The Rev. Daniel Groody is an associate professor of theology and global affairs at the University of Notre Dame and director of the global leadership program within the university’s Kellogg Institute for International Studies. He is an expert on migration and refugee issues and has consulted for the U.S. Conference of Catholic Bishops, Congress and the Vatican.
Edwin I. Hernández
Edwin I. Hernández is the director of the Center for Study of Latino Religion at Notre Dame University in South Bend, Ind. The center conducts social-scientific study of the U.S. Latino church, its leadership and the interaction between religion and community.
Joshua Hoyt is executive director of the National Partnership for News Americans, which works to advance the integration and citizenship of immigrants. Media contact is Charlie McAteer. Until 2013, Hoyt was the chief strategy executive of the Illinois Coalition for Immigrant and Refugee Rights, which supports comprehensive immigration reform, including family reunification and a path to citizenship for undocumented workers. Its members include many religious and interfaith organizations.
Timothy Miller is a historian of American religion in the religious studies department at the University of Kansas. His expertise is in new and alternative religions, and he has written about the impact of the influx of Eastern spirituality after the 1965 immigration reform act.
Rich Nathan is pastor of Vineyard Church of Columbus in Westerville, Ohio, a congregation of 10,000 that includes members who came from 75 different countries. He has said he’s seen how the immigration system can separate families or prevent them from visiting sick or dying relatives.
Luis Alberto Urrea
Luis Alberto Urrea is a writer and a professor of creative writing at the University of Illinois-Chicago. Urrea, a native of Tijuana, was a finalist for the 2005 Pulitzer Prize for nonfiction for his book The Devil’s Highway: A True Story (Little, Brown & Co., 2004). The book chronicles the attempt 26 Mexican men made in May 2001 to cross the desert into southern Arizona. Only 12 survived.
In the West
Wayne Cornelius is a distinguished professor emeritus of political science and U.S.-Mexico relations at the University of California at San Diego and the director emeritus of the university’s Center for Comparative Immigration Studies and is co-editor of Controlling Immigration: A Global Perspective (Stanford University Press, 2004).
The Rev. Ben Daniel is pastor of Montclair Presbyterian Church in Oakland, Calif. He is the author of Neighbor: Christian Encounters With “Illegal” Immigration.
Rev. Deborah Lee is executive director of the Interfaith Movement for Human Integrity, which is based in Oakland, Calif. She helped boost northern California churches’ participation in the sanctuary movement.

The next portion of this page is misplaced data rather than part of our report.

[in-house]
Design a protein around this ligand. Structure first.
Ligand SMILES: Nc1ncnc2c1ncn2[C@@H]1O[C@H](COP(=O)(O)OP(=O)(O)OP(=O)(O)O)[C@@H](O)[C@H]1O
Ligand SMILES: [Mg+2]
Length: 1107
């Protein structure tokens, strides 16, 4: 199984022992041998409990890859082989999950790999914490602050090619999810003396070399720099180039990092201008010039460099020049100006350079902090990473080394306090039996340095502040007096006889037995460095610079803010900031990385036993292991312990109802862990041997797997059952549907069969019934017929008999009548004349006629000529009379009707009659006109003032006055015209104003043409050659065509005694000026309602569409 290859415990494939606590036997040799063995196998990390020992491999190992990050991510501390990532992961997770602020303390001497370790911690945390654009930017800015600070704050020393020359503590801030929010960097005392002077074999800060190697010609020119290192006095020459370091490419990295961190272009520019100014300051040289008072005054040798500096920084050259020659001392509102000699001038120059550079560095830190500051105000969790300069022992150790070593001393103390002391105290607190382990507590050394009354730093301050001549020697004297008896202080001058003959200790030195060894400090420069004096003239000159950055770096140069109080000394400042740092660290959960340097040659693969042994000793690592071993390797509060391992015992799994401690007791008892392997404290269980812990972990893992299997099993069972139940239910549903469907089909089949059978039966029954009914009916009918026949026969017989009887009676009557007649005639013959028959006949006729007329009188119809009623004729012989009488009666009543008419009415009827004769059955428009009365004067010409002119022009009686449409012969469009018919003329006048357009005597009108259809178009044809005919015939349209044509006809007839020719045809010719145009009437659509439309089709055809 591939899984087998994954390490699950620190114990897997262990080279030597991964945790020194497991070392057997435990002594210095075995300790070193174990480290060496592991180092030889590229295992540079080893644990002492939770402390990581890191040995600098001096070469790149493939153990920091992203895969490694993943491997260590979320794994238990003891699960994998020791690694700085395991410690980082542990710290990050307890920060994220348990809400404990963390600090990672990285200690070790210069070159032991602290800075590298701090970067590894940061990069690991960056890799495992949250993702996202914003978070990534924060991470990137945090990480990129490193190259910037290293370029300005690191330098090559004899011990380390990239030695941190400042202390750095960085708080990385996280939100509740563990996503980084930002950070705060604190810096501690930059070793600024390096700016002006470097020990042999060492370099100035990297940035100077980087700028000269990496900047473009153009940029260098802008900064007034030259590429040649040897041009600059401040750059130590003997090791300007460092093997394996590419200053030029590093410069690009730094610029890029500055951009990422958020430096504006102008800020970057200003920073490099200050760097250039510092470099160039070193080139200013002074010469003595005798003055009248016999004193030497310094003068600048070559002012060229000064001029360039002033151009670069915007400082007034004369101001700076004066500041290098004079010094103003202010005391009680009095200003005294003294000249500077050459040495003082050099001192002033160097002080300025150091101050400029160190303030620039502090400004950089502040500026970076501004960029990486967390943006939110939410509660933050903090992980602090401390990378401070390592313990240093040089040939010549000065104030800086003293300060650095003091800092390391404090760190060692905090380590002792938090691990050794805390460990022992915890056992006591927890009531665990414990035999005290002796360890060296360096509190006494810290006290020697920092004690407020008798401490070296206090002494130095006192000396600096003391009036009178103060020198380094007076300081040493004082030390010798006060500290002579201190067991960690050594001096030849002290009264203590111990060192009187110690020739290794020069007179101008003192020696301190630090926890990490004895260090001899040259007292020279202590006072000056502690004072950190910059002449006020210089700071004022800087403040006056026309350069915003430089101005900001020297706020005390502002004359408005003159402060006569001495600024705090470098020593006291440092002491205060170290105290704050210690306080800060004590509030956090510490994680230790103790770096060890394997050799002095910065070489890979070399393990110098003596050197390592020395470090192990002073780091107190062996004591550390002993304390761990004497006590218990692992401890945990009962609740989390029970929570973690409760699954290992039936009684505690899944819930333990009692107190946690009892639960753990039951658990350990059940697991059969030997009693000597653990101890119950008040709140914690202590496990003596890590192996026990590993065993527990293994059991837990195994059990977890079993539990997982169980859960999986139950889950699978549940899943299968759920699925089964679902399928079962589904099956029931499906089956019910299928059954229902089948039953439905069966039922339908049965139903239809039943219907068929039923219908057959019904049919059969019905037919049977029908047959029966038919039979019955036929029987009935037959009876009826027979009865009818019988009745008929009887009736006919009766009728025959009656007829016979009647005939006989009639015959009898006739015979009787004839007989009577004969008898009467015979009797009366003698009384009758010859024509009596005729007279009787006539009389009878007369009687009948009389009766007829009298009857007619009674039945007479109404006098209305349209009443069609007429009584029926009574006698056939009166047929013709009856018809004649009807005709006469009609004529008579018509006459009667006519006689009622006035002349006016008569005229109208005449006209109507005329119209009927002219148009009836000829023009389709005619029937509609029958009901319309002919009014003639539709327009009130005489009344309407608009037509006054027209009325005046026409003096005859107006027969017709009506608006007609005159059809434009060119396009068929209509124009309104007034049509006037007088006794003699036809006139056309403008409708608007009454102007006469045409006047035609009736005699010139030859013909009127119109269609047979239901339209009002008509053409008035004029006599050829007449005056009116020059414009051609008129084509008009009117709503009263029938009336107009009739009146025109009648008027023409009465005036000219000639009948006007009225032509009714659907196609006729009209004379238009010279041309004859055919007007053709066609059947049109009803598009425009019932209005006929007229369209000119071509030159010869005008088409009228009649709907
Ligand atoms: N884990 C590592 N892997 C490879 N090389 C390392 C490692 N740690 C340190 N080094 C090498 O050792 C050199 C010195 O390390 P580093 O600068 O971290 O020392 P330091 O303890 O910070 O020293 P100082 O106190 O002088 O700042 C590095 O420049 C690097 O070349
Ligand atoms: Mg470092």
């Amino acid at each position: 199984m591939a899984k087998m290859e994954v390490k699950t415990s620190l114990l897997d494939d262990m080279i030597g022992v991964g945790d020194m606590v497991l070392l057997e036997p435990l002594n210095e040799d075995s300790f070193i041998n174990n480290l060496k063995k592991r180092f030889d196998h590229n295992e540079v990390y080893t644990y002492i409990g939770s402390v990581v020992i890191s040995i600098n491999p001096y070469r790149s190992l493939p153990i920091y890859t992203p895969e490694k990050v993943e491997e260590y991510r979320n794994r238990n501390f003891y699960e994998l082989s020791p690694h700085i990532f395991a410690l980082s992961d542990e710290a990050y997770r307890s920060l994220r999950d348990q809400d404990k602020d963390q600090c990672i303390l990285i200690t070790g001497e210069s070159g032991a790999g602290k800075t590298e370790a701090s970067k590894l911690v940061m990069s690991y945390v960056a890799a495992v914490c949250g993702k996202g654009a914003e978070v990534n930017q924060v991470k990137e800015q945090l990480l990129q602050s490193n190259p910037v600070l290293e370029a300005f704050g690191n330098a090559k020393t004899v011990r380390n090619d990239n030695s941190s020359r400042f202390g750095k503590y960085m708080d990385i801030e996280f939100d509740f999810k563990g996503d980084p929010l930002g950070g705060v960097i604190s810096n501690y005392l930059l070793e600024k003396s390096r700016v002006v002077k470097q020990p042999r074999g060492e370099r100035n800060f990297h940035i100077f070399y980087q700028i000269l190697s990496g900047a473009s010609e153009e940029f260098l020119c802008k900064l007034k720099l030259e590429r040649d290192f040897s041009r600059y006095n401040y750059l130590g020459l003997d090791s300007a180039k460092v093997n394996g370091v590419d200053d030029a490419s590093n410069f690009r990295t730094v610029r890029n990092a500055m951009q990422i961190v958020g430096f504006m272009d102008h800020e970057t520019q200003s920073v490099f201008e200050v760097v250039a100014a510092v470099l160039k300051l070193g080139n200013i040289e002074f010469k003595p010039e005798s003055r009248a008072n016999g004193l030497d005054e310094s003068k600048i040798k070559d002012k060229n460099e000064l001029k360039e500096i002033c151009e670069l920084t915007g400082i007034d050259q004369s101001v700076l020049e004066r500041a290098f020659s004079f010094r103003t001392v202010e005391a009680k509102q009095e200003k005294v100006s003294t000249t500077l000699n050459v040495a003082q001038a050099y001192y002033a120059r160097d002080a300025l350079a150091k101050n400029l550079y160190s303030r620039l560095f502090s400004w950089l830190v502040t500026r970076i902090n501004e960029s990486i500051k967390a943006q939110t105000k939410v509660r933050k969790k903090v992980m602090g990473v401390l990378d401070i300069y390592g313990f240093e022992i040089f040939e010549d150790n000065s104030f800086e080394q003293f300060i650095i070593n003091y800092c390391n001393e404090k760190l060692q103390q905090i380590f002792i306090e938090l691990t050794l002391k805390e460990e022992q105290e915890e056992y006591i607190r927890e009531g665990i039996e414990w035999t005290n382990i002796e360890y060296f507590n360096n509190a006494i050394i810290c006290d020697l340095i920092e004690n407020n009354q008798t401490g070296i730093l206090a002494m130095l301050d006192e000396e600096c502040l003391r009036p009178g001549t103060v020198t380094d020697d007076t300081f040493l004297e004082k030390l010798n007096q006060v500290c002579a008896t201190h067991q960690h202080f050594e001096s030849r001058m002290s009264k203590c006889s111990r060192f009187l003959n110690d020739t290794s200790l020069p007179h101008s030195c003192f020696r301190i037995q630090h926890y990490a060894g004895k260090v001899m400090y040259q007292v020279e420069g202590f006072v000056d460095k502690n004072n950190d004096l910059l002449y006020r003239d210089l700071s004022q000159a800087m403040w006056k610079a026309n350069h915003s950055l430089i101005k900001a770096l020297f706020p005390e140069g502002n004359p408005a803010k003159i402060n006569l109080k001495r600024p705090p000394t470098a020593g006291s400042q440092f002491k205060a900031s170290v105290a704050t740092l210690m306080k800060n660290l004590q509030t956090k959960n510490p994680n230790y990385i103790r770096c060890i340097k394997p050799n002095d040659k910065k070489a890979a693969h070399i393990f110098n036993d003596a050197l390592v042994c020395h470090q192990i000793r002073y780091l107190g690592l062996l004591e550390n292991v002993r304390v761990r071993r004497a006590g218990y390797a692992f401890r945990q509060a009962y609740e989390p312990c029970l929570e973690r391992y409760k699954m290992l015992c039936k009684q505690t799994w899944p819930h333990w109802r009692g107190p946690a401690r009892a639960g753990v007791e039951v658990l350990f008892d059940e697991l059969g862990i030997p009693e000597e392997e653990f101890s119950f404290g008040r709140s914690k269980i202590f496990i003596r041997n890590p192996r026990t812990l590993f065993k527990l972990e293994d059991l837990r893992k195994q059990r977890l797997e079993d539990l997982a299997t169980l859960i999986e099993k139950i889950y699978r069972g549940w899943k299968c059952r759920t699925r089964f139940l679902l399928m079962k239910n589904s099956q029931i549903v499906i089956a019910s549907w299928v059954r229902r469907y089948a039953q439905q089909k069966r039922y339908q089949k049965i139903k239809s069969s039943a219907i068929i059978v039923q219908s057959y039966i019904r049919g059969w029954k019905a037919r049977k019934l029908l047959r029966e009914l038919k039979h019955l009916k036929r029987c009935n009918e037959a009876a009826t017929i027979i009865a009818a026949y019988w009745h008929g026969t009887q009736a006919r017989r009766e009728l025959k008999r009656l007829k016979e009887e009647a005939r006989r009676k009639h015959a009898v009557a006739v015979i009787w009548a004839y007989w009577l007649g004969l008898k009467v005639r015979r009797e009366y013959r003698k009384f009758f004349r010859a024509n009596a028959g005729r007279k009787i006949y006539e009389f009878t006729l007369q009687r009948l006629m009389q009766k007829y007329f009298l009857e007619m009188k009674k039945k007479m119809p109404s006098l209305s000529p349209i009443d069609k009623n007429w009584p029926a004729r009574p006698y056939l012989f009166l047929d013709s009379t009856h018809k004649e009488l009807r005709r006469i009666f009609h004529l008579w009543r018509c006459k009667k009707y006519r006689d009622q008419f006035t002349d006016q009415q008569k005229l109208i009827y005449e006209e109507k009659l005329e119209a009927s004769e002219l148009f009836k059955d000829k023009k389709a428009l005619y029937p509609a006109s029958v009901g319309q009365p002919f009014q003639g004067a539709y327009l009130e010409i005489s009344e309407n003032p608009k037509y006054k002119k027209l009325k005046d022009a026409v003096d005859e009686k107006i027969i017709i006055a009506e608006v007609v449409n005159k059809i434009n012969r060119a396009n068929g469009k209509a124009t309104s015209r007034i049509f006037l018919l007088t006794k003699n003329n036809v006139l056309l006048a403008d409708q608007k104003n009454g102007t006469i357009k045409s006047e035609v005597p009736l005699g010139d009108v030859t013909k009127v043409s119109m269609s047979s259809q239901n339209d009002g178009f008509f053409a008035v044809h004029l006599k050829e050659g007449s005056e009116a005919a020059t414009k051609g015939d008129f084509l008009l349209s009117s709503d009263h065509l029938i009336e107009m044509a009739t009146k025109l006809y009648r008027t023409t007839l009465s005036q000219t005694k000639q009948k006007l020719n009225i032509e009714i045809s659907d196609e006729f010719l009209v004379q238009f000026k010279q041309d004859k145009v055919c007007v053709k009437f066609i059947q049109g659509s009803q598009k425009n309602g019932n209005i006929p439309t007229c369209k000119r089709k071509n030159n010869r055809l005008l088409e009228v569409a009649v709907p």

Gastón Espinosa, assistant professor of religious studies at Claremont McKenna College in California, specializes in Latino religion and politics.
Bryan Fischer is the former director of issue analysis for government and public policy at the American Family Association, where he is now host of its “Focal Point” radio show. He has suggested that no more Muslims should be allowed to immigrate to the U.S.
Victor Davis Hanson
Victor Davis Hanson is a fifth-generation Californian, a farmer, a classicist and a senior fellow at the Hoover Institution. He is the author of Mexifornia: A State of Becoming (Encounter Books, 2004), in which he argues that California is being transformed by illegal immigration from Mexico. Contact Hanson through the Hoover Institute’s public affairs office.
Uriel Iniguez is the executive director of the Washington State Commission on Hispanic Affairs which looks to improve public policy development and the delivery of government services to the Hispanic community.
Daniel J. Tichenor
Daniel J. Tichenor is the Philip H. Knight professor of social science, senior faculty fellow at the Wayne Morse Center for Law and Politics and a professor of political science at the University of Oregon. He is the author of Dividing Lines: The Politics of Immigration Control in America (Princeton University Press, 2002).
James A. Tolle
The Rev. James A. Tolle is former senior pastor of the Church on the Way in Van Nuys, Calif., a congregation that includes many immigrants. Tolle has been active on the immigration reform issue, including testifying before a Senate subcommittee. He has been pastor of the Church on the Way’s Spanish-speaking congregation, La Iglesia en el Camino, and is now pastor of El Camino Metro in Los Angeles.